wherein each A1 and A2 is a monocyclic divalent aryl radical and Y is a bridging radical in which one or two carbon atoms separate A1 and A2. The free valence bonds in formula II are usually in the meta or para positions of A1 and A2 in relation to Y. Compounds in which R2 has formula II are bisphenols, and for the sake of brevity the term “bisphenol” is sometimes used herein to designate the dihydroxy-substituted aromatic hydrocarbons; it should be understood, however, that non-bisphenol compounds of this type may also be employed as appropriate.
In formula II, A1 and A2 typically represent unsubstituted phenylene or substituted derivatives thereof, illustrative substituents (one or more) being alkyl, alkenyl, and halogen (particularly bromine). Unsubstituted phenylene radicals are preferred. Both A1 and A2 are preferably p-phenylene, although both may be o- or m-phenylene or one o- or m-phenylene and the other p-phenylene.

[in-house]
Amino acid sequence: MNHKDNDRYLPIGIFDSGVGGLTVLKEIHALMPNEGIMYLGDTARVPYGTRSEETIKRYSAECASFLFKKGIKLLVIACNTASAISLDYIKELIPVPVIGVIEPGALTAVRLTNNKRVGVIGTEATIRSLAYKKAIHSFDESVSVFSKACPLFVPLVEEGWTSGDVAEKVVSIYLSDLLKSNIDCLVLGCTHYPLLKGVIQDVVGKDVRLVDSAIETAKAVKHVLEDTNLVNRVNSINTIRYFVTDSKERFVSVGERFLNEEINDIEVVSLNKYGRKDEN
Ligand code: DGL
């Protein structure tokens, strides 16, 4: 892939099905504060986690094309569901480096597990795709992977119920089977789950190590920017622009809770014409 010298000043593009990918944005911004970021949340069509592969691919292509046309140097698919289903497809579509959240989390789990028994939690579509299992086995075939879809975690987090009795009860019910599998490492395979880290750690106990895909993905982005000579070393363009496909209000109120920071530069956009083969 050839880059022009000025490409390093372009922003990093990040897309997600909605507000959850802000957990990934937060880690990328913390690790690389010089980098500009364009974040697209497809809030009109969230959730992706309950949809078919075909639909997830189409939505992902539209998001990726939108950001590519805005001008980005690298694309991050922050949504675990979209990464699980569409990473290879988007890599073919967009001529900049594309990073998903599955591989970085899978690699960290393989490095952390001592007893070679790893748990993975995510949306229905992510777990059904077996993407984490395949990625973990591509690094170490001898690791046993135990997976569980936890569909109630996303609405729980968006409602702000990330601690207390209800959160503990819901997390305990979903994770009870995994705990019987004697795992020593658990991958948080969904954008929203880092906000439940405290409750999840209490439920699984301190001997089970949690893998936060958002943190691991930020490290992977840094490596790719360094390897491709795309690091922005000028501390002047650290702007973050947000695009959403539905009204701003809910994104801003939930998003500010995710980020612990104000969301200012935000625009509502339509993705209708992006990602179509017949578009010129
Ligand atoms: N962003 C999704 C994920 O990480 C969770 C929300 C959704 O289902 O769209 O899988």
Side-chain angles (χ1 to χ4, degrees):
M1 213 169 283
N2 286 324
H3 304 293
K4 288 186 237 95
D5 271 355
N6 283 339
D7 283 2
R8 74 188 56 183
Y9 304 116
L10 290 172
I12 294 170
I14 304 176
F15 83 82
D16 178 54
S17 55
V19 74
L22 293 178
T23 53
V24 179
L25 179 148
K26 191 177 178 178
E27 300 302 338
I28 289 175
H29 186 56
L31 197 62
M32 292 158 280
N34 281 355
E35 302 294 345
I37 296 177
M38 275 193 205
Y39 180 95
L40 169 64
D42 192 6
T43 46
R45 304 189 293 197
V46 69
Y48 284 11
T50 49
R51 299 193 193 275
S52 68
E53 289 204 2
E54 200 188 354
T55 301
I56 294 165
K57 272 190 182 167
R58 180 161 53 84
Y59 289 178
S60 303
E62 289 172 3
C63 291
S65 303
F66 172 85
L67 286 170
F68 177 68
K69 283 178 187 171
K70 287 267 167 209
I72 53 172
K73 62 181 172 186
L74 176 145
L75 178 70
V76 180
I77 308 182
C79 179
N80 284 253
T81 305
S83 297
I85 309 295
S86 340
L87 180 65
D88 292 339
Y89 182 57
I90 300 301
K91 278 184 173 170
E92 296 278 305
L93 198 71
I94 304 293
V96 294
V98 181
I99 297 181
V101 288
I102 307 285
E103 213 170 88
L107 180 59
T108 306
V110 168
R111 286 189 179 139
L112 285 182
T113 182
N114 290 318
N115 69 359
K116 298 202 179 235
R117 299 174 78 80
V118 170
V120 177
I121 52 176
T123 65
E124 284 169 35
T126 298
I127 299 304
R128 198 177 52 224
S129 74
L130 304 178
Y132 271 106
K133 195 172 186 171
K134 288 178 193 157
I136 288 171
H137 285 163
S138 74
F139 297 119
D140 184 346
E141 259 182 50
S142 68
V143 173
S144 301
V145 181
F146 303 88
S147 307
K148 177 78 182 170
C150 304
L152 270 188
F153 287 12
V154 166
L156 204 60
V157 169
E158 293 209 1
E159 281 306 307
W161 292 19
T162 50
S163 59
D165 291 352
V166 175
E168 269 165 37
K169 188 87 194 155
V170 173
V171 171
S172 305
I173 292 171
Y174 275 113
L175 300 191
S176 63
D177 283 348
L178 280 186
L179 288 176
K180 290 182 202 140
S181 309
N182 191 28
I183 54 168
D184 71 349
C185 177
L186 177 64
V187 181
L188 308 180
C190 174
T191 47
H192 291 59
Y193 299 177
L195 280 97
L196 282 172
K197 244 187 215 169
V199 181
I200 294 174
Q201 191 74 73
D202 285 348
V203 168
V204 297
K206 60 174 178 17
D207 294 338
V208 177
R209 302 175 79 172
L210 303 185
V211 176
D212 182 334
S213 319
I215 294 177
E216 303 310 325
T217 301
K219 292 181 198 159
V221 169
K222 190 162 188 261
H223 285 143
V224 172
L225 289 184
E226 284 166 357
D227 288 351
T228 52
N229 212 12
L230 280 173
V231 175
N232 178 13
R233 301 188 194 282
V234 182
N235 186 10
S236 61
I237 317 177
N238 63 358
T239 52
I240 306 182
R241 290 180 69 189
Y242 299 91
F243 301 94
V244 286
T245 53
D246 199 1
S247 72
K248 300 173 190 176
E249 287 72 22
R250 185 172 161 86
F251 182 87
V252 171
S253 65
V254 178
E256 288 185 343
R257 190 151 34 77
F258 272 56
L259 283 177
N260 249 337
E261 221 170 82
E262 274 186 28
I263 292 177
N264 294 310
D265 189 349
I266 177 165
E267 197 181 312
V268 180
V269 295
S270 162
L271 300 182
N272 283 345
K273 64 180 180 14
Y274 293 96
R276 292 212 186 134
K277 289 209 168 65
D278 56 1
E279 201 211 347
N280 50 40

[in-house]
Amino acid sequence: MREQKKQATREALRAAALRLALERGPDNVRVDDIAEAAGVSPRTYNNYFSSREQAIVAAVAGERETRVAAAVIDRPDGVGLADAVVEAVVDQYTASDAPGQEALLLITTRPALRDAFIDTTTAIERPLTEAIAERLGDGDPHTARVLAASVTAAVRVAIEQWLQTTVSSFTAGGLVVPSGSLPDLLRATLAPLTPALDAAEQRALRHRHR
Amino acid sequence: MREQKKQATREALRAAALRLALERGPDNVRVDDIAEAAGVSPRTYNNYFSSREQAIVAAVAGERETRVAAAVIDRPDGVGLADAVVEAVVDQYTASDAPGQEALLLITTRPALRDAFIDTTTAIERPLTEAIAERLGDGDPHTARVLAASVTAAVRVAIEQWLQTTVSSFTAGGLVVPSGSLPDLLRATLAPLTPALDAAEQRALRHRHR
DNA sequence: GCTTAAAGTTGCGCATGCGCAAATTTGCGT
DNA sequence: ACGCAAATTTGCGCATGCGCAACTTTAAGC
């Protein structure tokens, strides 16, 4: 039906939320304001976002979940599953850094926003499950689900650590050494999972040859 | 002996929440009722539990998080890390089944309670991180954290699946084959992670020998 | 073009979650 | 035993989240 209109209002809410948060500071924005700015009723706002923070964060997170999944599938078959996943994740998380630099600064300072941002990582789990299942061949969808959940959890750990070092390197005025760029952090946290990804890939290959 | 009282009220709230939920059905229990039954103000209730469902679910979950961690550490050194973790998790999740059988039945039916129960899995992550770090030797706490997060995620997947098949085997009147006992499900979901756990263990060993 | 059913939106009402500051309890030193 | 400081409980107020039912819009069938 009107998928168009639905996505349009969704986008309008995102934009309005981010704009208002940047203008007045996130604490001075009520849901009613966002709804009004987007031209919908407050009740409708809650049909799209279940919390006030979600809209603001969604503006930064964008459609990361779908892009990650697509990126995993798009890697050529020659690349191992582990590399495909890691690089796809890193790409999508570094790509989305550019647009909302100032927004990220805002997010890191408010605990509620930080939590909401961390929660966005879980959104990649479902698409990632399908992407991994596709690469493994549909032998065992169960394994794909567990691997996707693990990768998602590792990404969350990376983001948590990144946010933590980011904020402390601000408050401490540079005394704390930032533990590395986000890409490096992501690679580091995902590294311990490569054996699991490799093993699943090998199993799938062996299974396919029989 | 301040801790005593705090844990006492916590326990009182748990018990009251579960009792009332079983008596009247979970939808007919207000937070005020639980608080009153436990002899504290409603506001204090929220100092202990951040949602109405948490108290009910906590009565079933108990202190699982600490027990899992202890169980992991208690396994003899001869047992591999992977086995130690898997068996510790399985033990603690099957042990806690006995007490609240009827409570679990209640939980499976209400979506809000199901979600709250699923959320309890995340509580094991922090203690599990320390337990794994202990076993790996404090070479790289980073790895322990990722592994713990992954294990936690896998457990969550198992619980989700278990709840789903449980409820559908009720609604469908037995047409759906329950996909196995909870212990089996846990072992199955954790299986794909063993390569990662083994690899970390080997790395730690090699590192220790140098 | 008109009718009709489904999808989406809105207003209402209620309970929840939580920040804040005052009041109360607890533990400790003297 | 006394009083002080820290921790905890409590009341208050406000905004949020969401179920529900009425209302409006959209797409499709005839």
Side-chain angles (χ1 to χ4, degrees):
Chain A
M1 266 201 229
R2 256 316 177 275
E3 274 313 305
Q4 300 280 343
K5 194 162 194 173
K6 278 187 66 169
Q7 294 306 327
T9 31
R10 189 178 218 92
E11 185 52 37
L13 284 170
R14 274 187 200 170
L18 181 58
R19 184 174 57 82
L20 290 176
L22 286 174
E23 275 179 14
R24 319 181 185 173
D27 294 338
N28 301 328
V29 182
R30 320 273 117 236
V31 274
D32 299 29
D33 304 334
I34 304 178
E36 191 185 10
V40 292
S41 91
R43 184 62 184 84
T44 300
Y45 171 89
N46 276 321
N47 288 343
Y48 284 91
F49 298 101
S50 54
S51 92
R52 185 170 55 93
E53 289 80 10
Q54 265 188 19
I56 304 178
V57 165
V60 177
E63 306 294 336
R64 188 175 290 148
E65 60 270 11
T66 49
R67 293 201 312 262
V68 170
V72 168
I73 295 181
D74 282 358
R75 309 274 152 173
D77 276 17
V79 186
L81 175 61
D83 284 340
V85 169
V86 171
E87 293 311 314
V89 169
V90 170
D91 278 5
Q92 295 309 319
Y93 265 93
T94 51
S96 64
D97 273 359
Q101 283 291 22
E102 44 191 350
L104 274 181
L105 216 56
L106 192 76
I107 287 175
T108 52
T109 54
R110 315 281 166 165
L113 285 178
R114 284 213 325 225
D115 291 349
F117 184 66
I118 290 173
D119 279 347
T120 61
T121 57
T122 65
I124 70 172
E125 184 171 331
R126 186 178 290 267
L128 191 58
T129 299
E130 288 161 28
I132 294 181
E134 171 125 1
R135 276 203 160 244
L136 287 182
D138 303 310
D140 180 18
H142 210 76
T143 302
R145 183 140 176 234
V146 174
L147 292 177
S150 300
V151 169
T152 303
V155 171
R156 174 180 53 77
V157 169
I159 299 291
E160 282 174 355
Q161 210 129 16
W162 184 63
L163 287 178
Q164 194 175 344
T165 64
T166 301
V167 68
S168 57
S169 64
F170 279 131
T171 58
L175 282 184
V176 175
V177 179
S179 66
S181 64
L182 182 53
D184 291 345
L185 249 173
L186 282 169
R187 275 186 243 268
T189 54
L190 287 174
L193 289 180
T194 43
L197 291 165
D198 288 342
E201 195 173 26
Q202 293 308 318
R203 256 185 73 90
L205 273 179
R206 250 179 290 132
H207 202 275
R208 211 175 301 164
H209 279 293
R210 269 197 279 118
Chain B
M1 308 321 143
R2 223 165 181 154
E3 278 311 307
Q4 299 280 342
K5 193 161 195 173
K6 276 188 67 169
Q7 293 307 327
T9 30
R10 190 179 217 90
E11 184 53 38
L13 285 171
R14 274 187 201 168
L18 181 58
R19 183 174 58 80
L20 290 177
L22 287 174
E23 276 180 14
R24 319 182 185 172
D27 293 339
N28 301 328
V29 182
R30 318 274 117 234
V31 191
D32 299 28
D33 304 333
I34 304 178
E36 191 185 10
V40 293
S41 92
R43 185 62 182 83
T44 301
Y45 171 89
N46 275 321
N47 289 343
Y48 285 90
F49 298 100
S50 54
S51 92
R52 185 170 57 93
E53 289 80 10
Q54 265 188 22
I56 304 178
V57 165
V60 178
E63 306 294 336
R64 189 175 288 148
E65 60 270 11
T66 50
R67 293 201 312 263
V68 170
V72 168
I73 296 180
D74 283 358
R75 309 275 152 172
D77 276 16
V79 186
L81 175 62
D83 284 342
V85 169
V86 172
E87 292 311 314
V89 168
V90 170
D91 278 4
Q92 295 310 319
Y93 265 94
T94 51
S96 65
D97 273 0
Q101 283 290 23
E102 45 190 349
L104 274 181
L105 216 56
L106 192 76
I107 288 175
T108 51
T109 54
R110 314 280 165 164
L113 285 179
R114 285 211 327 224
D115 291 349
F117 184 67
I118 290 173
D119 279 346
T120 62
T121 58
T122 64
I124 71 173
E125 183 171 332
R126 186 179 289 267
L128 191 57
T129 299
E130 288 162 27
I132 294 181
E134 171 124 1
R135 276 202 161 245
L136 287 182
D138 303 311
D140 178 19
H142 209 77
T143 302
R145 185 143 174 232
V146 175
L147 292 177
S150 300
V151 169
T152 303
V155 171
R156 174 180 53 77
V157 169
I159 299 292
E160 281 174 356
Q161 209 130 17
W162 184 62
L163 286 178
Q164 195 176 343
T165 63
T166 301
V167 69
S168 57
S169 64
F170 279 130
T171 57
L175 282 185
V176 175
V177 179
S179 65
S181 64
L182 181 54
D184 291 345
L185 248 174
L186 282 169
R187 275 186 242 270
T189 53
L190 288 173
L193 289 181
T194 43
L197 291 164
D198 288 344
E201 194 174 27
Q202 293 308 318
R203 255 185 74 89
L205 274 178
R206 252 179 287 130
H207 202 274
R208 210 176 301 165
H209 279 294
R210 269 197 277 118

The bridging radical, Y, is one in which one or two atoms separate A1 from A2. The preferred embodiment is one in which one atom separates A1 from A2. Illustrative radicals of this type are —O—, —S—, —SO— or —SO2—, methylene, cyclohexyl-methylene, 2-[2.2.1]-bicycloheptyl methylene, ethylene, isopropylidene, neopentylidene, cyclohexylidene, cyclopentadecylidene, cyclododecylidene, adamantylidene, and the 2,2,2′,2′-tetrahydro-3,3,3′,3′-tetramethyl-1,1′spirobi[1H-indene]6,6′-diols having the following formula (III);
Gem-alkylene (alkylidene) radicals are preferred. Also included, however, are unsaturated radicals. For reasons of availability and particular suitability for the purposes of this invention, the preferred bisphenol is 2,2-bis(4-hydroxyphenyl)propane (“BPA” or bisphenol-A), in which Y is isopropylidene and A1 and A2 are each p-phenylene.
The arylate blocks have a degree of polymerization (DP), represented by n, of at least about 1, preferably about 10 to 50. The DP of the carbonate blocks, represented by m, is generally at least about 1, and preferably about 10 to 50.
The distribution of the blocks may be such as to provide a copolymer having any desired weight proportion of arylate blocks in relation to carbonate blocks. In general, copolymers containing about 1–99% by weight arylate blocks are preferred. Typically the arylate blocks are present at about 3–85% by weight.